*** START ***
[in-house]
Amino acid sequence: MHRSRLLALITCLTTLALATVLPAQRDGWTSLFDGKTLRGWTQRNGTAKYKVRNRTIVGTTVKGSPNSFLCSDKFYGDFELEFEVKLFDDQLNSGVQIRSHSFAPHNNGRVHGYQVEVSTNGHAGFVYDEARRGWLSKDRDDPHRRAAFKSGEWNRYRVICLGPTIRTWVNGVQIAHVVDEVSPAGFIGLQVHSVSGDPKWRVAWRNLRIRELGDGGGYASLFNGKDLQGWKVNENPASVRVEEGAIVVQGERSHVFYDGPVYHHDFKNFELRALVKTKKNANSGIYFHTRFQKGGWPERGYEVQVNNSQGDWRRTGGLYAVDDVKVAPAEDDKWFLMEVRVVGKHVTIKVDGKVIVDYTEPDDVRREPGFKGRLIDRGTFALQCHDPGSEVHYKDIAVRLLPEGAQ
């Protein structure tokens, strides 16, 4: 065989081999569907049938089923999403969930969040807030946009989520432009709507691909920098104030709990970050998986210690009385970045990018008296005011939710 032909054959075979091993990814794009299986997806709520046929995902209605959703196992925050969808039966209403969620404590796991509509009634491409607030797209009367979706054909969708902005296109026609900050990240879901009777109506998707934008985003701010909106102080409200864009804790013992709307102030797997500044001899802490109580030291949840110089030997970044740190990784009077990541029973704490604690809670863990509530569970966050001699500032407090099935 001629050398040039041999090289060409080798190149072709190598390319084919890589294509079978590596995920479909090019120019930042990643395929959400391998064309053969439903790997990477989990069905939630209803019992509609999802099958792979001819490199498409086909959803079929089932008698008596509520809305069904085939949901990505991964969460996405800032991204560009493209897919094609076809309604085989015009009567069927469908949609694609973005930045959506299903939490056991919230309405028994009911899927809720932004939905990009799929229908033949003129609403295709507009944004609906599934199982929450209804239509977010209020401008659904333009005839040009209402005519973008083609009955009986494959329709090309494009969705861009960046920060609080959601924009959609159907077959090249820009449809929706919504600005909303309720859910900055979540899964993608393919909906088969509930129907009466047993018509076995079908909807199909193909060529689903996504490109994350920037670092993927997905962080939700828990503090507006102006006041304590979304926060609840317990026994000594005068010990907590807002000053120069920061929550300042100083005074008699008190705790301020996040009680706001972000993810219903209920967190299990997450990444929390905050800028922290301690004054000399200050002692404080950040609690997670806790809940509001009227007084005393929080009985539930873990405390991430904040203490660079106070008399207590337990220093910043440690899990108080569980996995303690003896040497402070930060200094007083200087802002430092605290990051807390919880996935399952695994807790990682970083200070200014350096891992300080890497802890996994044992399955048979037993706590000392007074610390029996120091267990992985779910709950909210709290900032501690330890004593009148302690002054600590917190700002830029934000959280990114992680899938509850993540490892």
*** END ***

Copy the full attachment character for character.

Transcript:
[in-house]
Amino acid sequence: MHRSRLLALITCLTTLALATVLPAQRDGWTSLFDGKTLRGWTQRNGTAKYKVRNRTIVGTTVKGSPNSFLCSDKFYGDFELEFEVKLFDDQLNSGVQIRSHSFAPHNNGRVHGYQVEVSTNGHAGFVYDEARRGWLSKDRDDPHRRAAFKSGEWNRYRVICLGPTIRTWVNGVQIAHVVDEVSPAGFIGLQVHSVSGDPKWRVAWRNLRIRELGDGGGYASLFNGKDLQGWKVNENPASVRVEEGAIVVQGERSHVFYDGPVYHHDFKNFELRALVKTKKNANSGIYFHTRFQKGGWPERGYEVQVNNSQGDWRRTGGLYAVDDVKVAPAEDDKWFLMEVRVVGKHVTIKVDGKVIVDYTEPDDVRREPGFKGRLIDRGTFALQCHDPGSEVHYKDIAVRLLPEGAQ
């Protein structure tokens, strides 16, 4: 065989081999569907049938089923999403969930969040807030946009989520432009709507691909920098104030709990970050998986210690009385970045990018008296005011939710 032909054959075979091993990814794009299986997806709520046929995902209605959703196992925050969808039966209403969620404590796991509509009634491409607030797209009367979706054909969708902005296109026609900050990240879901009777109506998707934008985003701010909106102080409200864009804790013992709307102030797997500044001899802490109580030291949840110089030997970044740190990784009077990541029973704490604690809670863990509530569970966050001699500032407090099935 001629050398040039041999090289060409080798190149072709190598390319084919890589294509079978590596995920479909090019120019930042990643395929959400391998064309053969439903790997990477989990069905939630209803019992509609999802099958792979001819490199498409086909959803079929089932008698008596509520809305069904085939949901990505991964969460996405800032991204560009493209897919094609076809309604085989015009009567069927469908949609694609973005930045959506299903939490056991919230309405028994009911899927809720932004939905990009799929229908033949003129609403295709507009944004609906599934199982929450209804239509977010209020401008659904333009005839040009209402005519973008083609009955009986494959329709090309494009969705861009960046920060609080959601924009959609159907077959090249820009449809929706919504600005909303309720859910900055979540899964993608393919909906088969509930129907009466047993018509076995079908909807199909193909060529689903996504490109994350920037670092993927997905962080939700828990503090507006102006006041304590979304926060609840317990026994000594005068010990907590807002000053120069920061929550300042100083005074008699008190705790301020996040009680706001972000993810219903209920967190299990997450990444929390905050800028922290301690004054000399200050002692404080950040609690997670806790809940509001009227007084005393929080009985539930873990405390991430904040203490660079106070008399207590337990220093910043440690899990108080569980996995303690003896040497402070930060200094007083200087802002430092605290990051807390919880996935399952695994807790990682970083200070200014350096891992300080890497802890996994044992399955048979037993706590000392007074610390029996120091267990992985779910709950909210709290900032501690330890004593009148302690002054600590917190700002830029934000959280990114992680899938509850993540490892």